Monkey-Flower – Flowers

(Minulus ringens)

Figwort family

Flowers -Purple, violet, or lilac, rarely whitish ; about r in. long, solitary, borne on slender footstems from axils of upper leaves. Calyx prismatic, 5-angled, 5-toothed; corolla irregular, tubular, narrow in throat, 2-lipped; upper lip 2-lobed, erect; under lip 3-lobed, spreading; 4 stamens, a long and a short pair, inserted on corolla tube; 1 pistil with 2-lobed, plate-like stigma. Stem : Square, erect, usually branched, 1 to 3 ft. high. Leaves : Opposite, oblong to lance-shaped, saw-edged, mostly seated on stem.

Preferred Habitat—Swamps, beside streams and ponds. Flowering Season—June—September.

Distribution—Manitoba, Nebraska, and Texas, eastward to Atlantic Ocean.

No wader is the square-stemmed Monkey-flower whose grinning corolla peers at one from grassy tuffets in swamps, from the brookside, the springy soil of low meadows, and damp hollows beside the road; but moisture it must have to fill its nectary and to soften the ground for the easier transit of its creeping rootstock. Imaginative eyes see what appears to them the gaping (ringens) face of a little ape or buffoon (mimulus) in this common flower whose drolleries, such as they are, call forth the only applause desired—the buzz of insects that become pollen-laden during the entertainment.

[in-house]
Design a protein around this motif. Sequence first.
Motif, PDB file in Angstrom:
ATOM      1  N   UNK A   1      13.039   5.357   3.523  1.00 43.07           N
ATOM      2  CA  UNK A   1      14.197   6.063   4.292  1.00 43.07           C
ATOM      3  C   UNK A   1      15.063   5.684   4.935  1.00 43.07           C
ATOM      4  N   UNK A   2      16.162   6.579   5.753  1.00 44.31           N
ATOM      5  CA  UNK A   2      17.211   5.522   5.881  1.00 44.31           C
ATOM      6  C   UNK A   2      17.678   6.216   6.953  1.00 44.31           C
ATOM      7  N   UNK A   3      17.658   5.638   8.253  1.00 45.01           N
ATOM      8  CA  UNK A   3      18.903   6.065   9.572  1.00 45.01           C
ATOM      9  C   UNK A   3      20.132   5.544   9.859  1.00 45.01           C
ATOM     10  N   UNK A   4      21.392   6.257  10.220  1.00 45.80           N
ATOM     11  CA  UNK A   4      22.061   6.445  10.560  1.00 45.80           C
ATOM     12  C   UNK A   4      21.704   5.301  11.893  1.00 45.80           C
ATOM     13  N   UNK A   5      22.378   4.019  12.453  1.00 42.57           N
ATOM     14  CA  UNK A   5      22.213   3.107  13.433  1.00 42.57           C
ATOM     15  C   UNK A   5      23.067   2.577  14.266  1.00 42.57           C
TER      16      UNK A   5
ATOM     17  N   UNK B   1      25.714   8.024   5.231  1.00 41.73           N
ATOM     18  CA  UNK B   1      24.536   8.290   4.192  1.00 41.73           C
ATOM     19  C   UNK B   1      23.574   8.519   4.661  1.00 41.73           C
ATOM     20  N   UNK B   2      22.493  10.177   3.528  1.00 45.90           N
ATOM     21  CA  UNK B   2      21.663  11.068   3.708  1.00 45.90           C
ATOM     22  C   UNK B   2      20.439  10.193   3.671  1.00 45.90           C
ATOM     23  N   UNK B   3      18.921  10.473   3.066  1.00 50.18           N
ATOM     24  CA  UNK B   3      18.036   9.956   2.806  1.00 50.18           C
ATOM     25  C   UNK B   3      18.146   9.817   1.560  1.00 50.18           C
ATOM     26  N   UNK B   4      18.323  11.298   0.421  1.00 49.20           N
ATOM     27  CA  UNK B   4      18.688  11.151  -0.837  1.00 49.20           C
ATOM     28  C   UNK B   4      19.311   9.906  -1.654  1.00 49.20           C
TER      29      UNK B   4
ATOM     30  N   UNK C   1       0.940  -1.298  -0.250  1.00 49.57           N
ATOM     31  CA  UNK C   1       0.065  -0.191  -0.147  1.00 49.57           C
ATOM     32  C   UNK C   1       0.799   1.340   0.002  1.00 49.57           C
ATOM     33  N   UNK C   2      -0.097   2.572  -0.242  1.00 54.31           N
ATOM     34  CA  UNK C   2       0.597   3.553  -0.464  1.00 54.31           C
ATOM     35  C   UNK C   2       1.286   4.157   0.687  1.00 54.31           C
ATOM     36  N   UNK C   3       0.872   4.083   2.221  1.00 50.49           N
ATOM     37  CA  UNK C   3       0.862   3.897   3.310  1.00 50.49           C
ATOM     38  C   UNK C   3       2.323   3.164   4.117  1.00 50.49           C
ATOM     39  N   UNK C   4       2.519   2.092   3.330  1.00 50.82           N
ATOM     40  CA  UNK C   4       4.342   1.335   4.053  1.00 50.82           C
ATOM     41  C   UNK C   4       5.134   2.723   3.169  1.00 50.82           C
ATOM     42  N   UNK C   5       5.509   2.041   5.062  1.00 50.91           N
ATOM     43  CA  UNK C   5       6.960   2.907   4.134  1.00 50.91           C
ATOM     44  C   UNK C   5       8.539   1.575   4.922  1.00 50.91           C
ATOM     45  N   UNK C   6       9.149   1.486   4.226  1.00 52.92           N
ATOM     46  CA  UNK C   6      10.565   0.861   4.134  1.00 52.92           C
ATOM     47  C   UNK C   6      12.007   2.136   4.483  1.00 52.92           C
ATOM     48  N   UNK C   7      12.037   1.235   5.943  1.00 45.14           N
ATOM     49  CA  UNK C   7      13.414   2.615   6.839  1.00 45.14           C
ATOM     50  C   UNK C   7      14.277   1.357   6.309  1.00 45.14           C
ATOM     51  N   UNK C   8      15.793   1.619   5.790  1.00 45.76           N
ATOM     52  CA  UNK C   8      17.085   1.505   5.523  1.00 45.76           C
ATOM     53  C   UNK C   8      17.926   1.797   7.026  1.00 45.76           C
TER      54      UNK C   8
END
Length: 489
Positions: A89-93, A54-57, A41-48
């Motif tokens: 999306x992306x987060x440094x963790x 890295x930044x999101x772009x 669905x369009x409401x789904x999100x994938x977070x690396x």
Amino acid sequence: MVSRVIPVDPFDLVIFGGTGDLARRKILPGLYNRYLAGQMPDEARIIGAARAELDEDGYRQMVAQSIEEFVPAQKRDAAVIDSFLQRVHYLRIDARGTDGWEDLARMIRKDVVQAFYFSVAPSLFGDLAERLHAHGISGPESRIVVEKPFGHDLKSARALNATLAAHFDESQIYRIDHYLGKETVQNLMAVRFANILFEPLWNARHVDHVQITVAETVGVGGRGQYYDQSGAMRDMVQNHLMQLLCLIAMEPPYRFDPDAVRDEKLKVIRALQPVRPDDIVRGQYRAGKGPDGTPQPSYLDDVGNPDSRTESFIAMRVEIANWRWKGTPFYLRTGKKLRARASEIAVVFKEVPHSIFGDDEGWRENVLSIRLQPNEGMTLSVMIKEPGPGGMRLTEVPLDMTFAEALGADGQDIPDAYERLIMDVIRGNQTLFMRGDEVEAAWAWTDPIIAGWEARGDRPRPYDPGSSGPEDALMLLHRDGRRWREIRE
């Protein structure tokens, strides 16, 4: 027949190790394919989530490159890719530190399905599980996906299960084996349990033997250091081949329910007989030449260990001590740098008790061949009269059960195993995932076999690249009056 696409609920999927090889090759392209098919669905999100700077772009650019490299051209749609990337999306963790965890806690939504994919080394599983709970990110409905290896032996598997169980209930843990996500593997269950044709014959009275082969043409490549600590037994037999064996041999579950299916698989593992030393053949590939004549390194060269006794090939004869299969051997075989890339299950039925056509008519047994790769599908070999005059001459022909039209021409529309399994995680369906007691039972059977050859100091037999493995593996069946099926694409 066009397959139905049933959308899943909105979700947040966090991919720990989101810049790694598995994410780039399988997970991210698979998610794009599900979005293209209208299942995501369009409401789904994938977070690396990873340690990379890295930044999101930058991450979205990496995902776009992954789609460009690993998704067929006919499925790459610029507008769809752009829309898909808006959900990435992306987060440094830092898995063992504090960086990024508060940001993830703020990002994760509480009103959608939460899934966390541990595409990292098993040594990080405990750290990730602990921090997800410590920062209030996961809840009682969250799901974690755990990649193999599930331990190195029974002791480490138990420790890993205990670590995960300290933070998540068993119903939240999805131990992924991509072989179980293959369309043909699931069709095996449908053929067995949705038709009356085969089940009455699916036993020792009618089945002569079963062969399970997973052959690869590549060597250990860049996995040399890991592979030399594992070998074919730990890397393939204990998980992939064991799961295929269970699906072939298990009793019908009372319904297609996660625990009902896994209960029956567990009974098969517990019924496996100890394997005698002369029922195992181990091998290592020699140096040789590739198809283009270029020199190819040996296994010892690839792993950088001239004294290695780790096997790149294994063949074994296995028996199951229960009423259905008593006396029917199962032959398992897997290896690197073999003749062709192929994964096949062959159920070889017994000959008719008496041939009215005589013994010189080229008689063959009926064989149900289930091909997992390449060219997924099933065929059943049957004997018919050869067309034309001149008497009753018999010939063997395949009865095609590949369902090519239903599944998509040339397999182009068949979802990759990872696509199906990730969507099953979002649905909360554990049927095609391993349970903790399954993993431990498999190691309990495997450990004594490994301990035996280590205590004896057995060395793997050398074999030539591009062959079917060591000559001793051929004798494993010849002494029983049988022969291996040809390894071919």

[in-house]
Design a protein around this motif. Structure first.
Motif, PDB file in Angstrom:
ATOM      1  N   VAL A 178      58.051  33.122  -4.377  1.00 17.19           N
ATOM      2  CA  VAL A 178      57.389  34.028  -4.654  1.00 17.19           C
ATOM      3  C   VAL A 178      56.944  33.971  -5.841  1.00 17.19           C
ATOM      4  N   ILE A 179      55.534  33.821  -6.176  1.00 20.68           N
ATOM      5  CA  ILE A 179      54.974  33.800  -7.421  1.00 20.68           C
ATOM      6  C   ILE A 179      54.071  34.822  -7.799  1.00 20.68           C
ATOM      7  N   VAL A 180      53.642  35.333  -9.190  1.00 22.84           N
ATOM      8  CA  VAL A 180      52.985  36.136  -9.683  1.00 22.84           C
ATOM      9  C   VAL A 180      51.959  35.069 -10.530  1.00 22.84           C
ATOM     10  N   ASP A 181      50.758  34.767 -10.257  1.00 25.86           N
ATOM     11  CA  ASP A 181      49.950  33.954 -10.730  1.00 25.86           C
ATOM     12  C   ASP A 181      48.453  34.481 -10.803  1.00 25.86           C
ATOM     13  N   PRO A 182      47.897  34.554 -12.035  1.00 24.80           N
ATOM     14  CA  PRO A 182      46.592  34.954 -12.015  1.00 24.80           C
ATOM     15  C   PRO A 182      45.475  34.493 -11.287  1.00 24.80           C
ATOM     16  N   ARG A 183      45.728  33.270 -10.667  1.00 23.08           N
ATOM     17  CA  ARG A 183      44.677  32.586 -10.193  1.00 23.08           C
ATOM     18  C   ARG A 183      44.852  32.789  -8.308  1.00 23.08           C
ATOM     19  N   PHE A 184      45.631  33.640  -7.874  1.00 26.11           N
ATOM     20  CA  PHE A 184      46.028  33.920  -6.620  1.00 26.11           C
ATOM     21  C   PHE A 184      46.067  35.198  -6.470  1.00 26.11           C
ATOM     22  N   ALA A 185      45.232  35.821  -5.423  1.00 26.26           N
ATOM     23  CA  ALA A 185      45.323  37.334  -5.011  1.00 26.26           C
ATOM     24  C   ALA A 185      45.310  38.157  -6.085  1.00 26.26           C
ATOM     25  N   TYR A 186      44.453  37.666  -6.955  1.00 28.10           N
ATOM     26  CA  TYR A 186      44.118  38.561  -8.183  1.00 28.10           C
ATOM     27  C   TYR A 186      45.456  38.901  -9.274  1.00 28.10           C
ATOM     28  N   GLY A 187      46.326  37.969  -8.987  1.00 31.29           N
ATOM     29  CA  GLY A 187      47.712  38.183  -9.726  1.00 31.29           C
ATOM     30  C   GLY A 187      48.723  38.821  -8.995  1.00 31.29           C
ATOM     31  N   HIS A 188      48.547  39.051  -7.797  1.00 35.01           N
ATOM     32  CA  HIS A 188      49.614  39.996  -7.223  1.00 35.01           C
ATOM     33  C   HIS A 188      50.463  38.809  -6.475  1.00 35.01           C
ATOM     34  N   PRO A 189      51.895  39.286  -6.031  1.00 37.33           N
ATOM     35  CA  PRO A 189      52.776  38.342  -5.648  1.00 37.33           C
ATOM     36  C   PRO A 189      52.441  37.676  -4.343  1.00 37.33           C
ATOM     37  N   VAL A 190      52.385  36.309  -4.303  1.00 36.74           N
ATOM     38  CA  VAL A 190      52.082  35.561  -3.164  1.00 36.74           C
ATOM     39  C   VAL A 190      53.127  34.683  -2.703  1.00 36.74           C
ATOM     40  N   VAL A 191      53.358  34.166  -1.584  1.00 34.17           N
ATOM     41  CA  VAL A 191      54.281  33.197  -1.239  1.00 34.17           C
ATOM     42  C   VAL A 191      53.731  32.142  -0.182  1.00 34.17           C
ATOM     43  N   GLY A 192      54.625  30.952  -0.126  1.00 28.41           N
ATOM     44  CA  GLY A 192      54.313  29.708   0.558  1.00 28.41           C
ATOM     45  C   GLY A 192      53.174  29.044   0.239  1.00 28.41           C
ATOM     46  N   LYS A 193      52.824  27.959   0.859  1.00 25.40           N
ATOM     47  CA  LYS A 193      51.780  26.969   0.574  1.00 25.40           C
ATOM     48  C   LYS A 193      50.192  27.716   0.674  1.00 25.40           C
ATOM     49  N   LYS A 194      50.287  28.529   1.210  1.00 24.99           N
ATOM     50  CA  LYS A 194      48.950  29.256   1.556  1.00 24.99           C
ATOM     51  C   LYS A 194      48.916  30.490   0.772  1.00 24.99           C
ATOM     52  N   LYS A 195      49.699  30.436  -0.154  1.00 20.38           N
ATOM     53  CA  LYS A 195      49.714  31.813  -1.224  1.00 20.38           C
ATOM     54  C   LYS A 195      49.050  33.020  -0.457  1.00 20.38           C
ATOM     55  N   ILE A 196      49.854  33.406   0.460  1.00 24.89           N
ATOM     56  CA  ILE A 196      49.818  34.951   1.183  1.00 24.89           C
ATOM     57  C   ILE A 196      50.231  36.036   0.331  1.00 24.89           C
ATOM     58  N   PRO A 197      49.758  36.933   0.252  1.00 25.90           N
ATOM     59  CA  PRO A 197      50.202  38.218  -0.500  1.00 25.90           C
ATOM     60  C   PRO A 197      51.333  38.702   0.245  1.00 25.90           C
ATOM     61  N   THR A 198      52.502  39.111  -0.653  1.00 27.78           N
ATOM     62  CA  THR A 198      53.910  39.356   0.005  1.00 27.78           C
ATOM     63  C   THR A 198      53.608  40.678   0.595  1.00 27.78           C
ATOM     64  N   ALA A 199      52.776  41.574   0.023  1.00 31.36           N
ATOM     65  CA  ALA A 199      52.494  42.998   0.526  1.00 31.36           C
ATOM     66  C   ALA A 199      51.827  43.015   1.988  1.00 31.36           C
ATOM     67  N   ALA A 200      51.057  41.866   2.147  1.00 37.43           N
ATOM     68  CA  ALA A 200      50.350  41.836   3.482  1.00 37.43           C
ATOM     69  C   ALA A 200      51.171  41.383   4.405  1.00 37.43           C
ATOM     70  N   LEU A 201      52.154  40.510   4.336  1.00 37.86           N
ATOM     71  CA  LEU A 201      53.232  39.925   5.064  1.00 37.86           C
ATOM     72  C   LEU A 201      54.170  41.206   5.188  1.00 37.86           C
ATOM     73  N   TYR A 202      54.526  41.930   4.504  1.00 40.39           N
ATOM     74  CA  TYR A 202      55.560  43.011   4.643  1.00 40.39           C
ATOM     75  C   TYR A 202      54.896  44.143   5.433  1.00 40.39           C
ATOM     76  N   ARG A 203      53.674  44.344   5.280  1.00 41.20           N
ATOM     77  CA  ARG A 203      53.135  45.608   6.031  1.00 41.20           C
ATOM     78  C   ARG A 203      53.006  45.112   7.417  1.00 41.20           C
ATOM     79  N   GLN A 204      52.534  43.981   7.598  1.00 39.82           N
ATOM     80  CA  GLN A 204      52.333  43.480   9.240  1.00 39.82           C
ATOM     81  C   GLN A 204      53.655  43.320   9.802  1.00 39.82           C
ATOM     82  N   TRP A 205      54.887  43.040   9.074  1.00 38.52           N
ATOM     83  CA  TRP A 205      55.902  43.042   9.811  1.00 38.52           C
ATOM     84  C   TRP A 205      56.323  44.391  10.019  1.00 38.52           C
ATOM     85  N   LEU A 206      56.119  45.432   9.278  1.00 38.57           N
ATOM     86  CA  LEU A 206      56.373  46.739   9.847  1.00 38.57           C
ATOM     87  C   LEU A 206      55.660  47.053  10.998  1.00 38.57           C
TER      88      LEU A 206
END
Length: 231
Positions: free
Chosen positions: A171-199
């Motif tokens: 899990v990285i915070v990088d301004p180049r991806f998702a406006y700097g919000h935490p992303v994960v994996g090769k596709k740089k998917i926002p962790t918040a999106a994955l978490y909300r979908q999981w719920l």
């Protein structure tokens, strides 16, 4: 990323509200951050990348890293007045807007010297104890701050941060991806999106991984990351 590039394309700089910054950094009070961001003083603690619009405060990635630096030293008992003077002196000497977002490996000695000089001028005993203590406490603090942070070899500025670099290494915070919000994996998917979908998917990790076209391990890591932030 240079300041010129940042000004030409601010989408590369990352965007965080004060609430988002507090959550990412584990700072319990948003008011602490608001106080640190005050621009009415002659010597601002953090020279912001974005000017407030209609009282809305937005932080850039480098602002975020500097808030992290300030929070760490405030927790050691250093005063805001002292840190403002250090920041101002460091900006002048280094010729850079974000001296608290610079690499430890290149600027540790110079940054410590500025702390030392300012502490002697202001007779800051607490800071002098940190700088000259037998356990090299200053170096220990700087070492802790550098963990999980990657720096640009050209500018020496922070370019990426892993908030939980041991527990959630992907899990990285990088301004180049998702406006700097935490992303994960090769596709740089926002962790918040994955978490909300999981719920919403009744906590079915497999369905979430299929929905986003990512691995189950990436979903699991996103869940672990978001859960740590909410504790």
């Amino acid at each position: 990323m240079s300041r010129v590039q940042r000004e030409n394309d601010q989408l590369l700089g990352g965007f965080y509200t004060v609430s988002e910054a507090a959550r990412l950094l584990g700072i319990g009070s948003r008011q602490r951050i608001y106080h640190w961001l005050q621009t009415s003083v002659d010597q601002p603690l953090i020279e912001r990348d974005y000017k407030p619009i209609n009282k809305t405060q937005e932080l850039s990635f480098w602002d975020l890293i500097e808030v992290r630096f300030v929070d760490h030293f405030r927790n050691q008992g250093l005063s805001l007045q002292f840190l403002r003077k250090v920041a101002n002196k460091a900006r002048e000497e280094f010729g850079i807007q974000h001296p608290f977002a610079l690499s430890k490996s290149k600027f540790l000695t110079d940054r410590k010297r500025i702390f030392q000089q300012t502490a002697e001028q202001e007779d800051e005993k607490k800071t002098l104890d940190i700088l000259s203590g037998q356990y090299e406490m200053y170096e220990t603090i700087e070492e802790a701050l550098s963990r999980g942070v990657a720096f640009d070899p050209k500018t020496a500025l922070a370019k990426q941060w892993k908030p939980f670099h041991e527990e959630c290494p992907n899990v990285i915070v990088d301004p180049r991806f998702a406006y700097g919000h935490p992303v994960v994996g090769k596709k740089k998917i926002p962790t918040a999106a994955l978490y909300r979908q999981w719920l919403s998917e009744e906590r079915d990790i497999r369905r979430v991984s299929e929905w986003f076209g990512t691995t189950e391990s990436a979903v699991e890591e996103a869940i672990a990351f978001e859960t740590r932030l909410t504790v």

Now the advanced stigma of this flower is peculiarly irritable, and closes up on contact with an incoming visitor’s body, thus exposing the pollen-laden anthers behind it, and, except in rare cases, preventing self-fertilization. Delpino was the first to guess what advantage so sensitive a stigma might mean. Probably the smaller bees find the tube too long for their short tongues. The yellow palate, which partially guards the entrance to the nectary from pilferers, of course serves also as a pathfinder to the long-tongued bees.